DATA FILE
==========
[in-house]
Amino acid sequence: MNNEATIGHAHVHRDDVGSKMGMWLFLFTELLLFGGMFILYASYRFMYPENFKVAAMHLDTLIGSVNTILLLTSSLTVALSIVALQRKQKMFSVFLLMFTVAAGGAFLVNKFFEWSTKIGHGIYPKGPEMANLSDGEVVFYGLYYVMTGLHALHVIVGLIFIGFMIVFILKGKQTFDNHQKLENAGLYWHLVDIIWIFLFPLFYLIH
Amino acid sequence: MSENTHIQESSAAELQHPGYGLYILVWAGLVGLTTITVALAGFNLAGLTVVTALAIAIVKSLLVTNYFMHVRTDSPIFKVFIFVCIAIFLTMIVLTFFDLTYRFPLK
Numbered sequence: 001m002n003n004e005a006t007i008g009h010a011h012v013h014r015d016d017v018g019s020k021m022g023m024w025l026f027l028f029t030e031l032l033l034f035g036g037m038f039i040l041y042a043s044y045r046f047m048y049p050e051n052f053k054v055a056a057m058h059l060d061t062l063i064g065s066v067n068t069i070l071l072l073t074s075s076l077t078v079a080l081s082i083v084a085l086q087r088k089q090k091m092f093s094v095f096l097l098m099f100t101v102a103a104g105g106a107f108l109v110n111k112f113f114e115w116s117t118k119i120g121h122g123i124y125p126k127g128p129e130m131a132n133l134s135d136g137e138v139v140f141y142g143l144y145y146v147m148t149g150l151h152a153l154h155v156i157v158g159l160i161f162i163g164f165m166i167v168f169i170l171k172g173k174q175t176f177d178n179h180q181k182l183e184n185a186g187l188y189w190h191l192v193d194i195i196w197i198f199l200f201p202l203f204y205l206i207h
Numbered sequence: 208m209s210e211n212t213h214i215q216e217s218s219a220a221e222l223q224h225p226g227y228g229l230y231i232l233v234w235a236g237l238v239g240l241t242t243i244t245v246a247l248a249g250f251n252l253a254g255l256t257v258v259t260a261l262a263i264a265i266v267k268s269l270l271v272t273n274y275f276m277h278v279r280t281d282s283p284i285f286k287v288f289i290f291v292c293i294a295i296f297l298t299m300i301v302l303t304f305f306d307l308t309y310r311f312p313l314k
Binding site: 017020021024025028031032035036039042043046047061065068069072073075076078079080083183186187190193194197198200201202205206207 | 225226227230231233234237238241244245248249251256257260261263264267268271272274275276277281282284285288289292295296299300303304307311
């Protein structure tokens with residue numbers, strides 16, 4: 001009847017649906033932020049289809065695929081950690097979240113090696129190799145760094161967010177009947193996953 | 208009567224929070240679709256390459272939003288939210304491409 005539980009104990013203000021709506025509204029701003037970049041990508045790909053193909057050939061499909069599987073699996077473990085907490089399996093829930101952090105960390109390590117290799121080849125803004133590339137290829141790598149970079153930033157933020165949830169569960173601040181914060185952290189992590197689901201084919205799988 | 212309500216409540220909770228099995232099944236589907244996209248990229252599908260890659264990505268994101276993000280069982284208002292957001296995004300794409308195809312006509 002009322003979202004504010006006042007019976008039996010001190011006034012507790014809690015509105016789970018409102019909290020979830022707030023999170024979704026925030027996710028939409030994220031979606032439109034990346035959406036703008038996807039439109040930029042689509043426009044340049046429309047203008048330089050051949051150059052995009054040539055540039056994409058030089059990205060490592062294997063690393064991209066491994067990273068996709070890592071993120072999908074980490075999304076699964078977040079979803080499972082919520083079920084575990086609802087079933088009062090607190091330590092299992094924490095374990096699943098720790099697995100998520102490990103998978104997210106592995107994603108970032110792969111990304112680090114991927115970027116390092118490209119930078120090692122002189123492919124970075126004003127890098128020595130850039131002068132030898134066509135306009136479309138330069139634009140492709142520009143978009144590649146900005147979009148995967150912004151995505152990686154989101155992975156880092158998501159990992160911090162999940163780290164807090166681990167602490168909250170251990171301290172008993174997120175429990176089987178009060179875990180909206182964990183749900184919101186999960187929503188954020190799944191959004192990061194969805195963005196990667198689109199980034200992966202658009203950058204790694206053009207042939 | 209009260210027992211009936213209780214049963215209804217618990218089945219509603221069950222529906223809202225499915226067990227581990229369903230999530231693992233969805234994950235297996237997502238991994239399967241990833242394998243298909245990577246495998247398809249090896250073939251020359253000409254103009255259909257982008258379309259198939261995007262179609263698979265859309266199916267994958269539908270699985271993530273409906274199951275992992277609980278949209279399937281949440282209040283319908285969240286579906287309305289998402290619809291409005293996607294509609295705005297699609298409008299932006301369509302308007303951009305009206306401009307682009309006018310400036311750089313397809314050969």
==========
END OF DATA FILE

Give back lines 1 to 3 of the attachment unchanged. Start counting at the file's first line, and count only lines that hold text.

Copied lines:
[in-house]
Amino acid sequence: MNNEATIGHAHVHRDDVGSKMGMWLFLFTELLLFGGMFILYASYRFMYPENFKVAAMHLDTLIGSVNTILLLTSSLTVALSIVALQRKQKMFSVFLLMFTVAAGGAFLVNKFFEWSTKIGHGIYPKGPEMANLSDGEVVFYGLYYVMTGLHALHVIVGLIFIGFMIVFILKGKQTFDNHQKLENAGLYWHLVDIIWIFLFPLFYLIH
Amino acid sequence: MSENTHIQESSAAELQHPGYGLYILVWAGLVGLTTITVALAGFNLAGLTVVTALAIAIVKSLLVTNYFMHVRTDSPIFKVFIFVCIAIFLTMIVLTFFDLTYRFPLK